The following is a message of self care from the Rev. Ali Van Kuiken and the diocese’s Episcopal Mental and Spiritual Health Committee
I recently learned about a practice called “Nurturing Moment,” part of Emory’s Clinical Based Compassion Training (CBCT).
It involves identifying a moment of nurturance from our past and spending time sitting with that moment, noticing as much detail as possible from that experience—the sights, sounds, scents, physical sensations, and tastes.
While learning more about this practice I realized it is, in a way, the opposite of a flashback, when we replay the sensory details of a traumatic experience. This practice allows us intentionally to enter into a space where we feel nurtured and taken care of. I often feel skeptical about these types of practices, but when I gave it a chance I felt not only more peaceful but also more connected to the people and circumstances that I had chosen for my nurturing moment. Just as we can feed resentment by giving bad memories and experiences extra mental attention and energy, so we can also feed love and feelings of security by giving that mental energy to positive experiences we have had.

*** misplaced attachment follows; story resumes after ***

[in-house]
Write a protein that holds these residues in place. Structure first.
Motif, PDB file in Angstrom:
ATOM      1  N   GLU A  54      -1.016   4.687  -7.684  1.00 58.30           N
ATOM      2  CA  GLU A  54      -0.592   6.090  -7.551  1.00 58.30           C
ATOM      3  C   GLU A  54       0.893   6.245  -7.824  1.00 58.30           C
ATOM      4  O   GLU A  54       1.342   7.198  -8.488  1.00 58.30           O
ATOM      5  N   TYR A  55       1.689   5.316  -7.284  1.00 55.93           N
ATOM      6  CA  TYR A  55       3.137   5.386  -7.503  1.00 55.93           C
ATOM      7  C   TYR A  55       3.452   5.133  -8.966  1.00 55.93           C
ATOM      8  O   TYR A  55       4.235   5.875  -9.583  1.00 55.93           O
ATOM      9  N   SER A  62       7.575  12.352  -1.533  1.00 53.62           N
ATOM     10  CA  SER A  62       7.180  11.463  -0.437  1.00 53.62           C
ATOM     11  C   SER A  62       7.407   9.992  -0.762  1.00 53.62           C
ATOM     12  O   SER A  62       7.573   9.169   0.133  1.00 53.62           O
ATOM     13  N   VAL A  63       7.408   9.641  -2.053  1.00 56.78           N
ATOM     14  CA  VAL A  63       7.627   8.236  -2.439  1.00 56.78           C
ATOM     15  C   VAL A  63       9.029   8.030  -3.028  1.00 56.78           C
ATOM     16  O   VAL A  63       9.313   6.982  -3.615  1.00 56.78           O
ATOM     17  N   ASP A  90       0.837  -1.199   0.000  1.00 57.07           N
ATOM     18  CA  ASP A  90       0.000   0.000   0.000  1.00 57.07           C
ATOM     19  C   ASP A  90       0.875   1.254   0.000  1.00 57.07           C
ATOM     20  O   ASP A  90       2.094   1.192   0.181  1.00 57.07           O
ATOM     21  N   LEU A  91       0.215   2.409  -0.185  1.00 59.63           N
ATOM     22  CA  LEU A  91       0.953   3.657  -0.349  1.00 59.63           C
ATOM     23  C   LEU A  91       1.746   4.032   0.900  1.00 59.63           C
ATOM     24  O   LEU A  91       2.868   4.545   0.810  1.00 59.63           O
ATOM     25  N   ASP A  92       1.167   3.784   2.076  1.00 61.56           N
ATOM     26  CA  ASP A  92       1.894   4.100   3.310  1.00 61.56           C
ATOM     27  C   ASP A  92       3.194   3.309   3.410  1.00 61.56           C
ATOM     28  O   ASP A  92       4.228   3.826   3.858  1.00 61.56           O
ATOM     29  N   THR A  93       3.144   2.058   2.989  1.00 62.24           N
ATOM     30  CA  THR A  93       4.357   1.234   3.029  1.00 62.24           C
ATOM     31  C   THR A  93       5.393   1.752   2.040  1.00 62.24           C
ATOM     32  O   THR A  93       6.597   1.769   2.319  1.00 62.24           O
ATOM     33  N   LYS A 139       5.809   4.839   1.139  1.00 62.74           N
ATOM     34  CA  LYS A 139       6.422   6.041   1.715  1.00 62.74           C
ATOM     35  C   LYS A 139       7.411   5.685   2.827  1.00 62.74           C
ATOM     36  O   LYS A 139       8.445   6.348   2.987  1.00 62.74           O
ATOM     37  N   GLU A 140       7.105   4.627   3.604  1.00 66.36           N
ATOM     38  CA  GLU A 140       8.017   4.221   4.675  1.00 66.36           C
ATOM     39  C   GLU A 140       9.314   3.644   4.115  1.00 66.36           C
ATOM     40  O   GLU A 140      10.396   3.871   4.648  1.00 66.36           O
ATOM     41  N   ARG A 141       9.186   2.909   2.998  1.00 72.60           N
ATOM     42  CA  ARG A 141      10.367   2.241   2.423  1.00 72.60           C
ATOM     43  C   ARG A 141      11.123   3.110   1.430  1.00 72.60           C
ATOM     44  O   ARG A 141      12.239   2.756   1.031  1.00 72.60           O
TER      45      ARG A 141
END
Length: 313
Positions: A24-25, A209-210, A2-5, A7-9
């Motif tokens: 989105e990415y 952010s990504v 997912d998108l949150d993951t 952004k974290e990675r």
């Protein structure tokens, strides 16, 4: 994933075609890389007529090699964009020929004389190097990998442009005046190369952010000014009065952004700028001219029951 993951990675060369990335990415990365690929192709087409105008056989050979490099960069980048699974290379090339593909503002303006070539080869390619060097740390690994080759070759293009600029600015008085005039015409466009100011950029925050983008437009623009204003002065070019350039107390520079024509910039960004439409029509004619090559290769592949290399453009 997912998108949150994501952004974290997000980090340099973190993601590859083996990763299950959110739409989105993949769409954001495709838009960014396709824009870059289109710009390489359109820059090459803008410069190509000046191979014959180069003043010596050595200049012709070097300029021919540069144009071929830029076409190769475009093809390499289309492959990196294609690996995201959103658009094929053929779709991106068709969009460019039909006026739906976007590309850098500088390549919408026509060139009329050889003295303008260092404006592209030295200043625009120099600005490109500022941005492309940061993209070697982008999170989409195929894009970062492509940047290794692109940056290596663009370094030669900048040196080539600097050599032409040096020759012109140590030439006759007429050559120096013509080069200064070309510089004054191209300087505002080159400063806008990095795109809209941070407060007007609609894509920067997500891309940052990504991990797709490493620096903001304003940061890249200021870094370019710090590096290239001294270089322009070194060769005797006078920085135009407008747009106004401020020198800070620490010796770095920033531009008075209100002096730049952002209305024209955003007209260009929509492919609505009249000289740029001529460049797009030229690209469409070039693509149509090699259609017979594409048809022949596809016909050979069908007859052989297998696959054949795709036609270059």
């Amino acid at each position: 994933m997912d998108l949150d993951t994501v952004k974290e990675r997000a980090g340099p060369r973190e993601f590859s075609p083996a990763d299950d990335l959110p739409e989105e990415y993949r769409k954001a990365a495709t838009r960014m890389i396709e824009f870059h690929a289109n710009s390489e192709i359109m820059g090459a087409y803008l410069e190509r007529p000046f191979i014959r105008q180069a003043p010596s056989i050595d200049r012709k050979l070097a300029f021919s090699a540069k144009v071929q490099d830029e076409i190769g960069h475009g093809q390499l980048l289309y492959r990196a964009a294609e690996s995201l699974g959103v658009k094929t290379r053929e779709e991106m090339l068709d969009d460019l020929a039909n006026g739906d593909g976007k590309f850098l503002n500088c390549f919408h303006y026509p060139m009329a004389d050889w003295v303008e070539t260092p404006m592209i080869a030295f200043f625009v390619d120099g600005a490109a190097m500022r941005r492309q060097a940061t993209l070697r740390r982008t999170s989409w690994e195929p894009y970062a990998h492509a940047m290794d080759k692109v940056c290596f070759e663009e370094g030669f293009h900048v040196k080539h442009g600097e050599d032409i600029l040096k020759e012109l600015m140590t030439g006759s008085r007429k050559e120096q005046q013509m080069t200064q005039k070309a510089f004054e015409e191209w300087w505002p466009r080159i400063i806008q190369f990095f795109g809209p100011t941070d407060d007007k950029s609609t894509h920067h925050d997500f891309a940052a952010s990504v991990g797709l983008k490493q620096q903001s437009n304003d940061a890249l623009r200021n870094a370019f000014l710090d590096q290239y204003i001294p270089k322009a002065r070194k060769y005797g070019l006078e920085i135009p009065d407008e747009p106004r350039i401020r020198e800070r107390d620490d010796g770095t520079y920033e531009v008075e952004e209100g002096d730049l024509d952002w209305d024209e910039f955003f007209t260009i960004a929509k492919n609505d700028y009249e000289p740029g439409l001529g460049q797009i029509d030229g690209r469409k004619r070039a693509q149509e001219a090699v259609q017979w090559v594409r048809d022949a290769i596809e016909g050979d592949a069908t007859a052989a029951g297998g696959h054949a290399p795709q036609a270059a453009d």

CBCT is a secular practice, but the concept can be easily applied to the practice of the Christian faith. When we dwell on the promises of God, we can increase our faith. When we spend time in prayer and contemplation, it can strengthen us for the challenges we face.
In the Harry Potter series, Harry learns to draw on the powerful magic of his happiest memories to create a patronus charm, which scatters the life-sucking, depression-inducing dementors. Take some time today to put your mental energy toward a positive memory of nurturance you have experienced. That is true self-care.
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